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Fragments: On Purifications
[492-432 BCE] Empedocles, "On Purifications," in Fragments and Commentary [Hanover Historical Texts Project], edited and translated by Arthur Fairbanks, in The First Philosophers of Greece (London: K. Paul, Trench, Trubner, 1898; Online at Hanover Historical Texts Project, 2001).
369. There is an utterance of Necessity, an ancient decree of the gods, eternal, sealed fast with broad oaths whenever any one defiles his body sinfully with bloody gore or perjures himself in regard to wrong-doing, one of those spirits who are heir to long life, thrice ten thousand seasons shall he wander apart from the blessed, being born meantime in all sorts of mortal forms, changing one bitter path of life for another. For mighty Air pursues him Seaward, and Sea spews him forth on the threshold of Earth, and Earth casts him into the rays of the unwearying Sun, and Sun into the eddies of Air; one receives him from the other, and all hate him. One of these now am I too, a fugitive from the gods and a wanderer, at the mercy of raging Strife.
405. Nor had they any god Ares, nor Kydoimos (Uproar), nor king Zeus, nor Kronos, nor Poseidon, but queen Kypris. Her they worshipped with hallowed offerings, with painted figures, and perfumes of skilfully made odour, and sacrifices of unmixed myrrh and fragrant frankincense, casting on the ground libations from tawny bees. And her altar was not moistened with pure blood of bulls, but it was the greatest defilement among men, to deprive animals of life and to eat their goodly bodies.
415. And there was among them a man of unusual knowledge, and master especially of all sorts of wise deeds, who in truth possessed greatest wealth of mind for whenever he reached out with all his mind, easily he beheld each one of all the things that are, even for ten and twenty generations of men.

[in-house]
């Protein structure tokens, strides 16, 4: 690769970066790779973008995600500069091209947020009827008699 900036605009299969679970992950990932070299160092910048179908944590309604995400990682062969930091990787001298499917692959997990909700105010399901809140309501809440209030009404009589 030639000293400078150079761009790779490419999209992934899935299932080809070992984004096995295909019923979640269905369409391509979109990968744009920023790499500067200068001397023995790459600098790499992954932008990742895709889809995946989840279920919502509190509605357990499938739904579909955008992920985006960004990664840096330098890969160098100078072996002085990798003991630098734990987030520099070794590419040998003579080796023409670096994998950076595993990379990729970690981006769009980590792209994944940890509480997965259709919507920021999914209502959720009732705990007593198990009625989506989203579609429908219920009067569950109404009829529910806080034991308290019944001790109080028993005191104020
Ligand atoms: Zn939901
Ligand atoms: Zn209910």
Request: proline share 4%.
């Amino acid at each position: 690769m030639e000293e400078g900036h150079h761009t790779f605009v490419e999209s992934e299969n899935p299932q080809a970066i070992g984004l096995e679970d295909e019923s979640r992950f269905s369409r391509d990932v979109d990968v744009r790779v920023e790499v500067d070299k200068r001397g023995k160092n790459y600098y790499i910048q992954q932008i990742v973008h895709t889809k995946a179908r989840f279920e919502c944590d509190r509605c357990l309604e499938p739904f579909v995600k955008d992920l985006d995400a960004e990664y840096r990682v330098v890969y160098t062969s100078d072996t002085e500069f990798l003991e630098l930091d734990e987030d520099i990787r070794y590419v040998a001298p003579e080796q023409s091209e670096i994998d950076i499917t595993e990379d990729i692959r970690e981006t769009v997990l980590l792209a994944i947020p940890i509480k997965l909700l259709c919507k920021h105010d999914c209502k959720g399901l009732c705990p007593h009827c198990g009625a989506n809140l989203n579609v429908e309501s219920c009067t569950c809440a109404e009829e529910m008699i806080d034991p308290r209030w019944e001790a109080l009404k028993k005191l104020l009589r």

421. For all were gentle and obedient toward men, both animals and birds, and they burned with kindly love; and trees grew with leaves and fruit ever on them, burdened with abundant fruit all the year.
425. This is not lawful for some and unlawful for others, but what is lawful for all extends on continuously through the wide-ruling air and the boundless light.
427. Will ye not cease from evil slaughter? See ye not that ye are devouring each other in heedlessness of mind?
430. A father takes up his dear son who has changed his form and slays him with a prayer, so great is his folly! They are borne along beseeching the sacrificer; but he does not hear their cries of reproach, but slays them and makes ready the evil feast. Then in the same manner son takes father and daughters their mother, and devour the dear flesh when they have deprived them of life.
436. Alas that no ruthless day destroyed me before I devised base deeds of devouring with the lips!
Animal Rights History Timeline: Classical Antiquity Common Era; Early Church Fathers [CE-485]
[ca 492-432 BCE] Empedocles
[5thc. bce] Fragments
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